Staff Editorial: Focus on the issues

NW Staff

On Wednesday Sept. 23, the Northern Michigan University chapter of the American Association of University Professors (AAUP) voted against a proposed contractual agreement with the administration. The proposed three-year contract was denied ratification in a 132 to 107 outcome. In the years since professors first unionized at NMU in early 1970s, a contract has never before been voted down.

The fact that this decision is a historical event brings up a serious point: faculty feels they deserve more than what is being offered to them, and they may be right. While the result of the vote may have come to a surprise to some who have come to accept that contracts are usually approved, it brings to the forefront some issues that obviously need closer inspection on both sides of the negotiating table.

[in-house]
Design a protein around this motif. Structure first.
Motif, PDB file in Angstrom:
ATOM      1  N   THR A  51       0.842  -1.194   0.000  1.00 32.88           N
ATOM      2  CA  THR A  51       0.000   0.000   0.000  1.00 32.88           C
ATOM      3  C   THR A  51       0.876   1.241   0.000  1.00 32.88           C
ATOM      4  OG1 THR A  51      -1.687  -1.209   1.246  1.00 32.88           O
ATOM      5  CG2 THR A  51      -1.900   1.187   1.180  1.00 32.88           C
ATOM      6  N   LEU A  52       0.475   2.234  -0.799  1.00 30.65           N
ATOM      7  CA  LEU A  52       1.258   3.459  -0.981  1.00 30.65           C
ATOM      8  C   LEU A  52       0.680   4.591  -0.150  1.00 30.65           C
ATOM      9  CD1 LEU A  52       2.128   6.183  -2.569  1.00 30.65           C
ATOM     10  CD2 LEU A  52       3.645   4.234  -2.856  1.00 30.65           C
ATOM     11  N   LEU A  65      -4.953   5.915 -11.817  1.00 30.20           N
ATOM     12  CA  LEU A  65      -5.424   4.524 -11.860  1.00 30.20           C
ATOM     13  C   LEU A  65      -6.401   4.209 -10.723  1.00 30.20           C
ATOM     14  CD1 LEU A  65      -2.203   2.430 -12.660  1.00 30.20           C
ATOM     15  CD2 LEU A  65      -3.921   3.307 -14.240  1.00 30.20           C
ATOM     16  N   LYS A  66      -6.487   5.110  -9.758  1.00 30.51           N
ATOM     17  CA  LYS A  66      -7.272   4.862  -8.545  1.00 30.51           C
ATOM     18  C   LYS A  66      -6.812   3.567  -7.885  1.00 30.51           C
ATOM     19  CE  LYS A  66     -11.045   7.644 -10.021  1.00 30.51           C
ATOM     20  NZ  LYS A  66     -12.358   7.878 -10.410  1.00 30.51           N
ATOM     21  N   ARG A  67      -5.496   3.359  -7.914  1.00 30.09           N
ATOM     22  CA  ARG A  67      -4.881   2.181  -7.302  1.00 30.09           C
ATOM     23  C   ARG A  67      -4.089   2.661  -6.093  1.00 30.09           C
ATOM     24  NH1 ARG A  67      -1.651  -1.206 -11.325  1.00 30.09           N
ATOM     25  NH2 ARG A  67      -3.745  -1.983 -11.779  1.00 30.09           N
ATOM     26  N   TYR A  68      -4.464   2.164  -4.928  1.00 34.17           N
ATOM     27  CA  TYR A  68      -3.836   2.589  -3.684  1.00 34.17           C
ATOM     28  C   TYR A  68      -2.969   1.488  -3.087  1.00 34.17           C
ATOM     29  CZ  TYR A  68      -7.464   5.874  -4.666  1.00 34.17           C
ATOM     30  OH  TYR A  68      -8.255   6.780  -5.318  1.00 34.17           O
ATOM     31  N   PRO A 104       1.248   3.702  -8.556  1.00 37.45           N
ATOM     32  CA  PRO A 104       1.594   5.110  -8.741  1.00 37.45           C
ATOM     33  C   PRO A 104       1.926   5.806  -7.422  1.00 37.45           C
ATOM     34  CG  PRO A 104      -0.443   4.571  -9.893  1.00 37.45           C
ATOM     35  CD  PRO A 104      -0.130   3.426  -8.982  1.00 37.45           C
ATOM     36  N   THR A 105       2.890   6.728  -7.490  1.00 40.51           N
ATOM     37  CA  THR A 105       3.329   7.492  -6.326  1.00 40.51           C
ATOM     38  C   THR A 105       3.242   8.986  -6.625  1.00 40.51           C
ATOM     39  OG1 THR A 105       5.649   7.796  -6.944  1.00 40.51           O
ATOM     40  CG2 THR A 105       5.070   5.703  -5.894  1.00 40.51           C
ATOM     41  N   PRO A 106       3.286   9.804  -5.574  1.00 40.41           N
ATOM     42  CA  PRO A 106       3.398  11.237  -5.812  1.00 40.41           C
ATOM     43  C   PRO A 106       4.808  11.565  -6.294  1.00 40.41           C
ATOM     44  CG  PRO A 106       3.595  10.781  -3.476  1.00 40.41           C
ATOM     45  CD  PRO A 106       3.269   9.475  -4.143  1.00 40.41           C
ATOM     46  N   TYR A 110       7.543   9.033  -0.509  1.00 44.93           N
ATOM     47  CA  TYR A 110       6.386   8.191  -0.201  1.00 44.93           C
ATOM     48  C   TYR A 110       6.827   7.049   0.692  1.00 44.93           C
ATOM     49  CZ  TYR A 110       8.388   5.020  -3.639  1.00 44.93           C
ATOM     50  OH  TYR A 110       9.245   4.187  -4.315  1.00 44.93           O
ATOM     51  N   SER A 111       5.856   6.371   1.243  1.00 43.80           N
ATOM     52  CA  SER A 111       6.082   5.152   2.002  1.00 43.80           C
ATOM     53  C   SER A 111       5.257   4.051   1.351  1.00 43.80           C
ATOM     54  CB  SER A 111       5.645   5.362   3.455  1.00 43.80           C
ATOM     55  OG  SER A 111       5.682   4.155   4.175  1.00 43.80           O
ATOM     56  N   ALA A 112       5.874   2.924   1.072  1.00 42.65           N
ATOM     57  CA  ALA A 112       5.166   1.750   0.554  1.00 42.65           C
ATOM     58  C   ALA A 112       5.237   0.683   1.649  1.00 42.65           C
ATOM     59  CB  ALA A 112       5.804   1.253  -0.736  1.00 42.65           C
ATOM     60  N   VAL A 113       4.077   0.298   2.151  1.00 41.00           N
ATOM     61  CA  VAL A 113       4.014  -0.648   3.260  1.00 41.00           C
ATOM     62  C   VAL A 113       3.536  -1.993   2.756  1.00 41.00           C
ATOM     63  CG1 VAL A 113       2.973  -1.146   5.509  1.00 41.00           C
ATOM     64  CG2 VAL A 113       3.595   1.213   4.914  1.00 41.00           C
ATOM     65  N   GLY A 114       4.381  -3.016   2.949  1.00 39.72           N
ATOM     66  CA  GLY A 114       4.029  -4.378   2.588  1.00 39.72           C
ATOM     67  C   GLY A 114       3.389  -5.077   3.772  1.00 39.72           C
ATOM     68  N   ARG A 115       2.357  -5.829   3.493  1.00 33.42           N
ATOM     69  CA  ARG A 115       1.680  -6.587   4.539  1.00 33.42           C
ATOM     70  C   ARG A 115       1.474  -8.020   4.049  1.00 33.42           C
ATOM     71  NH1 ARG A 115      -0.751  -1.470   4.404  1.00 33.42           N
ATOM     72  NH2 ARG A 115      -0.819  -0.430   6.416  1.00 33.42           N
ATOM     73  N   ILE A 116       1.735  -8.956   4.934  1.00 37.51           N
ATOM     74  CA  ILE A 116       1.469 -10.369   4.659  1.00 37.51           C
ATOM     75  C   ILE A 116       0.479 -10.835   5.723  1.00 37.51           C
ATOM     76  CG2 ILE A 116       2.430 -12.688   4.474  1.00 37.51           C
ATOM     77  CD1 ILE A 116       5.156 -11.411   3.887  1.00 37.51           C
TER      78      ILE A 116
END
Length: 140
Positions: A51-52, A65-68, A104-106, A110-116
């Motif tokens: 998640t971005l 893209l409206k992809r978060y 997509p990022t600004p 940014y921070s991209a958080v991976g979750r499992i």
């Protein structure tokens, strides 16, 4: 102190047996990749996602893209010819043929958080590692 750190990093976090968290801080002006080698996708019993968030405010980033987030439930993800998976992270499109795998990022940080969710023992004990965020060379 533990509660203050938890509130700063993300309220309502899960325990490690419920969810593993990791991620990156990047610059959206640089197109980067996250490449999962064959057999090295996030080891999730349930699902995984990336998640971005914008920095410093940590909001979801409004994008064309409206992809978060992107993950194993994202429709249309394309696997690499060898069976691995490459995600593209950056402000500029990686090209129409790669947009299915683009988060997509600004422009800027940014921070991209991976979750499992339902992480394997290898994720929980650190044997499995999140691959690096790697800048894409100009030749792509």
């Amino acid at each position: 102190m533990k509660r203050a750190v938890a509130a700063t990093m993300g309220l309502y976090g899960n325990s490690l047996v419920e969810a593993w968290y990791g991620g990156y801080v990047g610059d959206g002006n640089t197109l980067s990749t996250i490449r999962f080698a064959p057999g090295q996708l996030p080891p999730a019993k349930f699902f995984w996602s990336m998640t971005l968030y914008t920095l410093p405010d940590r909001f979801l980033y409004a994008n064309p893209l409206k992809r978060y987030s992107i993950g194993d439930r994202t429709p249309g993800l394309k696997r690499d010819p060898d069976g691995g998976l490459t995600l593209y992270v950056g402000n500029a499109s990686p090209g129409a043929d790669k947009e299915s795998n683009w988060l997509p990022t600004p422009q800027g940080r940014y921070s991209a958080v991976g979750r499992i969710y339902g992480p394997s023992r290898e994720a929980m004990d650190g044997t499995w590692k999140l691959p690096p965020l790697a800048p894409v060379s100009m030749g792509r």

Having an approved contract as soon as possible would be the ideal situation, but turning down the contract has provided an opportunity for the members of the AAUP to make sure they get what they feel necessary to effectively do their jobs.

Any contractual agreement has an effect on not only faculty and administration, but the student body as well. What happens to our professors ultimately happens to us as well. It is not only the quality of our education that depends on it, but the quality of life, in terms of benefits and workplace gratification, for those who provide that education.

We understand there are legitimate concerns and dissatisfaction with parts of the contract which members of the AAUP feel are not adequately addressed. Major concerns include large class sizes with lack of faculty, qualifications for promotion and tenure, as well as shared governance between faculty and the administration.

Administration needs to focus on their greatest resource, which is faculty. Without them this university would not be functioning, therefore they should work with them and be flexible towards their wants and needs.

It is impossible to say at this juncture where the best solution may lie, but we encourage both faculty and administration to go back to the bargaining table to find a universally appeasing resolution. Although we remain concerned for the current situation, we are optimistic a resolution will be introduced within a timely manner. We wish the best of luck to both faculty and administration during the ongoing negotiations.